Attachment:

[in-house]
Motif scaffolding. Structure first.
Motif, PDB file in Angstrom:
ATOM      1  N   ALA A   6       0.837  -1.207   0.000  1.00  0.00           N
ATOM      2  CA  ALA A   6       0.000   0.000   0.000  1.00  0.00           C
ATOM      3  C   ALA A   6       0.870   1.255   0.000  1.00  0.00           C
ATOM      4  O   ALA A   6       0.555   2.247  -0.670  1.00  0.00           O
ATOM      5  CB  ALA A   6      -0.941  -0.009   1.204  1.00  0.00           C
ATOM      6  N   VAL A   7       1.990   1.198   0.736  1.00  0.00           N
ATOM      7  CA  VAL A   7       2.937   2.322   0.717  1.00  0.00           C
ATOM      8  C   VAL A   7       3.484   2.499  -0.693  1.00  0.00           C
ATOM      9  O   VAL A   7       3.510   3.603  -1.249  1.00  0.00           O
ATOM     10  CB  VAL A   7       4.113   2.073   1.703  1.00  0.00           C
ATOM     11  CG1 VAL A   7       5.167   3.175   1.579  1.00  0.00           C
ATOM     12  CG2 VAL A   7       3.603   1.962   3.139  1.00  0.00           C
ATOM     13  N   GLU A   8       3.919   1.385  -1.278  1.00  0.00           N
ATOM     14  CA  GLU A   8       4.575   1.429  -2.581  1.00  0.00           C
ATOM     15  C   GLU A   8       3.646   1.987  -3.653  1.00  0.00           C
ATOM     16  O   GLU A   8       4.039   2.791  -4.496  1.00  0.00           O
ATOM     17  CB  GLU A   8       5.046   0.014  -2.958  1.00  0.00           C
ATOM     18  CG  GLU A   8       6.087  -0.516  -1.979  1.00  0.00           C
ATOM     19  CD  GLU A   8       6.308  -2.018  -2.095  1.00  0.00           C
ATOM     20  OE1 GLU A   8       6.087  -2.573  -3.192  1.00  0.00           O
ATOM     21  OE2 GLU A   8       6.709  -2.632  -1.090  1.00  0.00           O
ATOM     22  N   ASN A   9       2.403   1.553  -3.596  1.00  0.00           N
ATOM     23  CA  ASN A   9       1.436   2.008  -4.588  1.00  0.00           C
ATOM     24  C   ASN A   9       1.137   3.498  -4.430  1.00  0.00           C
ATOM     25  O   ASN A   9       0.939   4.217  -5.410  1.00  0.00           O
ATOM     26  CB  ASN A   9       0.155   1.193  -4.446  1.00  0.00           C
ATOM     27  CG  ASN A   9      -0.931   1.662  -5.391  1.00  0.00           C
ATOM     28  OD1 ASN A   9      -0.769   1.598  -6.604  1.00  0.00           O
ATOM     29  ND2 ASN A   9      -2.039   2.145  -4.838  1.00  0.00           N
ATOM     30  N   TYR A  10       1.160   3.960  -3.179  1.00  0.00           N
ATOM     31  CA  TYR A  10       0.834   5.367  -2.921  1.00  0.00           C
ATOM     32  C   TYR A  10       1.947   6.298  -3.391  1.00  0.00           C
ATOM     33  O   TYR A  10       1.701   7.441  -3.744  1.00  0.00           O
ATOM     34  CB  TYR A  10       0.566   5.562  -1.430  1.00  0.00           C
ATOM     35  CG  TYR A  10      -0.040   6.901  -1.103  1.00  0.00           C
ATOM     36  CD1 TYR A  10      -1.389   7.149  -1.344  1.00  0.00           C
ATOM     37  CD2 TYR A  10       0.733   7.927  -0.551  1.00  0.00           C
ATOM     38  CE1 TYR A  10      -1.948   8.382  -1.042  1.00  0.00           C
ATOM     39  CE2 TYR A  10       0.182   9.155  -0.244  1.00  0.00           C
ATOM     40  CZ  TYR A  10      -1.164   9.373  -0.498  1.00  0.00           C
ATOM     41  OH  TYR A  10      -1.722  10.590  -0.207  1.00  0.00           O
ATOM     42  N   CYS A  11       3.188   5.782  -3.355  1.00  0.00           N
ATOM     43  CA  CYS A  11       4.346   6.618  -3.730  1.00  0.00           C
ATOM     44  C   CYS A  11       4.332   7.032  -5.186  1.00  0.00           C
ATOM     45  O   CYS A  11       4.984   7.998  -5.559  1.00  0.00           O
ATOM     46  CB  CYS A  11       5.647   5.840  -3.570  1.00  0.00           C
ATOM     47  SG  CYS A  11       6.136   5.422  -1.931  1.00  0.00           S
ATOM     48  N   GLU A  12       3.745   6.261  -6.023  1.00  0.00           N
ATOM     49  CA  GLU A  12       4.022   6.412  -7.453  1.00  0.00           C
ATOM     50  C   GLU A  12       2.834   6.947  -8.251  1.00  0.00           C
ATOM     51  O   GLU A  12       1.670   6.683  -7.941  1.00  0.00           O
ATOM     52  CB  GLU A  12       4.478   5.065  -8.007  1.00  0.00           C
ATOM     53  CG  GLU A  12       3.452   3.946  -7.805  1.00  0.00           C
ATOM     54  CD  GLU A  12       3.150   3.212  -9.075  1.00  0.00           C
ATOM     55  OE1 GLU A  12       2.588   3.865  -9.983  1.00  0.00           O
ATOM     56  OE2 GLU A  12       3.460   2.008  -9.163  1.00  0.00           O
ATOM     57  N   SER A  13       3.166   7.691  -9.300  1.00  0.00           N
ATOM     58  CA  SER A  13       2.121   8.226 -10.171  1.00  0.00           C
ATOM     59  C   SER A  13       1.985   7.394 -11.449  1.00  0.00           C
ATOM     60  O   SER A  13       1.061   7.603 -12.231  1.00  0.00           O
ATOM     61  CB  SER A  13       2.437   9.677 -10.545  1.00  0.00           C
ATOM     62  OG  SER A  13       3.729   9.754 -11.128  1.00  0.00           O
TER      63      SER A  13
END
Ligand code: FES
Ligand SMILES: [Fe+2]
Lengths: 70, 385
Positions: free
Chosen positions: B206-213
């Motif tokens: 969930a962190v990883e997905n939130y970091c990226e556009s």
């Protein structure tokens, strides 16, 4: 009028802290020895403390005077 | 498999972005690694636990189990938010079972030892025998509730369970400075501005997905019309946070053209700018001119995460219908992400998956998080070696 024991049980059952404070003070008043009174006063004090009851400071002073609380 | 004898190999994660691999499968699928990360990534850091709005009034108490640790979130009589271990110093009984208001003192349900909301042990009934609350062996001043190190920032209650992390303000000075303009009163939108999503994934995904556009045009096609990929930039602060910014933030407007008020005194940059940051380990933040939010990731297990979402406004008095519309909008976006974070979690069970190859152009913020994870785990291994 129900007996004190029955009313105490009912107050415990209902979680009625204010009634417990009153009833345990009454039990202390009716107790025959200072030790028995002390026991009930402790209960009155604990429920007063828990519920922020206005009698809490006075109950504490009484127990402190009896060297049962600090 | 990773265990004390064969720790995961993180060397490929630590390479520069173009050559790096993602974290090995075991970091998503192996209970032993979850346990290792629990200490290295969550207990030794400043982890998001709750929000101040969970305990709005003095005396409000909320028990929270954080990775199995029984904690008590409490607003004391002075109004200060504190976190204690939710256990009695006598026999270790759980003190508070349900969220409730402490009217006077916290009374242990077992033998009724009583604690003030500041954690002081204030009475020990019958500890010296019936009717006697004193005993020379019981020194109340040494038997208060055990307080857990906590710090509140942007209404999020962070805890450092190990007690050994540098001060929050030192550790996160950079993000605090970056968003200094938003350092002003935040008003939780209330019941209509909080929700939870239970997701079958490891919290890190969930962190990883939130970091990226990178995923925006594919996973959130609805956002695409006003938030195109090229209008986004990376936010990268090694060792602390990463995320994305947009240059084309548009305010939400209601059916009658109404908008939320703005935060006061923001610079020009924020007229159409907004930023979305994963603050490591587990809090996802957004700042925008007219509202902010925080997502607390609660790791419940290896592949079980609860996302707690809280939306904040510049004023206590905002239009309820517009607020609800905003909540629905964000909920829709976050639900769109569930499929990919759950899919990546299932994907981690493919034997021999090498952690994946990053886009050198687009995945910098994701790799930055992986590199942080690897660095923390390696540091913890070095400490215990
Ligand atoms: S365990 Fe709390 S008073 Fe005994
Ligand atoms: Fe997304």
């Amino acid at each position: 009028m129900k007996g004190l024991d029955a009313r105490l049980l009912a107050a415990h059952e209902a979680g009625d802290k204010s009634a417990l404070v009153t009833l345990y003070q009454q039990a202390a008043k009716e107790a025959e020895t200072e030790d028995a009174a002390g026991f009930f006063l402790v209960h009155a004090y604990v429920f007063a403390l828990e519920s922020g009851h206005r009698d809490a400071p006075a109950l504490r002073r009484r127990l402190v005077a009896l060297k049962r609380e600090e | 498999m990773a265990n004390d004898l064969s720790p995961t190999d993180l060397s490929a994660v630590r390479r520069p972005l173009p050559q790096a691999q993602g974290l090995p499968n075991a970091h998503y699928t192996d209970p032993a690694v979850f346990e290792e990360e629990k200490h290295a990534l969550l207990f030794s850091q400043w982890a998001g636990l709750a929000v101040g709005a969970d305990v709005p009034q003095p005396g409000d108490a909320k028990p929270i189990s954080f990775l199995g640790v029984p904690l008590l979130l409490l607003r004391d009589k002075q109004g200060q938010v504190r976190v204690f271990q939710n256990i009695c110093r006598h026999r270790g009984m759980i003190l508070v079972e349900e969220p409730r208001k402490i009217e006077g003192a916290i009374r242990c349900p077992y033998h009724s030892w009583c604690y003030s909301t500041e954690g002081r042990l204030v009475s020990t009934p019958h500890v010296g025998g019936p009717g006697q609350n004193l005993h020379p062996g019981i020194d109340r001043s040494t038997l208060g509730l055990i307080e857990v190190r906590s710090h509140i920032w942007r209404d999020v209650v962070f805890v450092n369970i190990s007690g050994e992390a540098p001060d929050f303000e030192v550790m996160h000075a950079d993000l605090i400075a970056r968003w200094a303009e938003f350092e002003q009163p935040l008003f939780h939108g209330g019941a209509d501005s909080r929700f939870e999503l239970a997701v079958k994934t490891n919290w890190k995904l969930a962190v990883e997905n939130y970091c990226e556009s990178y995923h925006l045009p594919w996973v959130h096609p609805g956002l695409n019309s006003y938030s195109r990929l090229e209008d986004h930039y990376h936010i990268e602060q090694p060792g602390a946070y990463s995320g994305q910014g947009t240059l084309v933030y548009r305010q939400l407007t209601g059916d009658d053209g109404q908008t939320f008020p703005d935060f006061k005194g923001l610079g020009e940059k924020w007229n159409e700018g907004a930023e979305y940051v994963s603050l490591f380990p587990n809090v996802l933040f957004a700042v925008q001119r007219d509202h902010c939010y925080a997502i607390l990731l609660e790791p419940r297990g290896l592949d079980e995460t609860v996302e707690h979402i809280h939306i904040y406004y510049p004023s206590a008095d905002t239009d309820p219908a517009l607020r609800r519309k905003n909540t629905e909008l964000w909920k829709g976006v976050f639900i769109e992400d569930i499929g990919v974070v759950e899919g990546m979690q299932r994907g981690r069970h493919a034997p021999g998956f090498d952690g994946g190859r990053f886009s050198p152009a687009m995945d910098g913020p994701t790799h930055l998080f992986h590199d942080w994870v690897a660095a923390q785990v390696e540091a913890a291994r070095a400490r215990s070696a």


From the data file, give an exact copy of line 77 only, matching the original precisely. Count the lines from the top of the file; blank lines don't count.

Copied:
């Amino acid at each position: 009028m129900k007996g004190l024991d029955a009313r105490l049980l009912a107050a415990h059952e209902a979680g009625d802290k204010s009634a417990l404070v009153t009833l345990y003070q009454q039990a202390a008043k009716e107790a025959e020895t200072e030790d028995a009174a002390g026991f009930f006063l402790v209960h009155a004090y604990v429920f007063a403390l828990e519920s922020g009851h206005r009698d809490a400071p006075a109950l504490r002073r009484r127990l402190v005077a009896l060297k049962r609380e600090e | 498999m990773a265990n004390d004898l064969s720790p995961t190999d993180l060397s490929a994660v630590r390479r520069p972005l173009p050559q790096a691999q993602g974290l090995p499968n075991a970091h998503y699928t192996d209970p032993a690694v979850f346990e290792e990360e629990k200490h290295a990534l969550l207990f030794s850091q400043w982890a998001g636990l709750a929000v101040g709005a969970d305990v709005p009034q003095p005396g409000d108490a909320k028990p929270i189990s954080f990775l199995g640790v029984p904690l008590l979130l409490l607003r004391d009589k002075q109004g200060q938010v504190r976190v204690f271990q939710n256990i009695c110093r006598h026999r270790g009984m759980i003190l508070v079972e349900e969220p409730r208001k402490i009217e006077g003192a916290i009374r242990c349900p077992y033998h009724s030892w009583c604690y003030s909301t500041e954690g002081r042990l204030v009475s020990t009934p019958h500890v010296g025998g019936p009717g006697q609350n004193l005993h020379p062996g019981i020194d109340r001043s040494t038997l208060g509730l055990i307080e857990v190190r906590s710090h509140i920032w942007r209404d999020v209650v962070f805890v450092n369970i190990s007690g050994e992390a540098p001060d929050f303000e030192v550790m996160h000075a950079d993000l605090i400075a970056r968003w200094a303009e938003f350092e002003q009163p935040l008003f939780h939108g209330g019941a209509d501005s909080r929700f939870e999503l239970a997701v079958k994934t490891n919290w890190k995904l969930a962190v990883e997905n939130y970091c990226e556009s990178y995923h925006l045009p594919w996973v959130h096609p609805g956002l695409n019309s006003y938030s195109r990929l090229e209008d986004h930039y990376h936010i990268e602060q090694p060792g602390a946070y990463s995320g994305q910014g947009t240059l084309v933030y548009r305010q939400l407007t209601g059916d009658d053209g109404q908008t939320f008020p703005d935060f006061k005194g923001l610079g020009e940059k924020w007229n159409e700018g907004a930023e979305y940051v994963s603050l490591f380990p587990n809090v996802l933040f957004a700042v925008q001119r007219d509202h902010c939010y925080a997502i607390l990731l609660e790791p419940r297990g290896l592949d079980e995460t609860v996302e707690h979402i809280h939306i904040y406004y510049p004023s206590a008095d905002t239009d309820p219908a517009l607020r609800r519309k905003n909540t629905e909008l964000w909920k829709g976006v976050f639900i769109e992400d569930i499929g990919v974070v759950e899919g990546m979690q299932r994907g981690r069970h493919a034997p021999g998956f090498d952690g994946g190859r990053f886009s050198p152009a687009m995945d910098g913020p994701t790799h930055l998080f992986h590199d942080w994870v690897a660095a923390q785990v390696e540091a913890a291994r070095a400490r215990s070696a």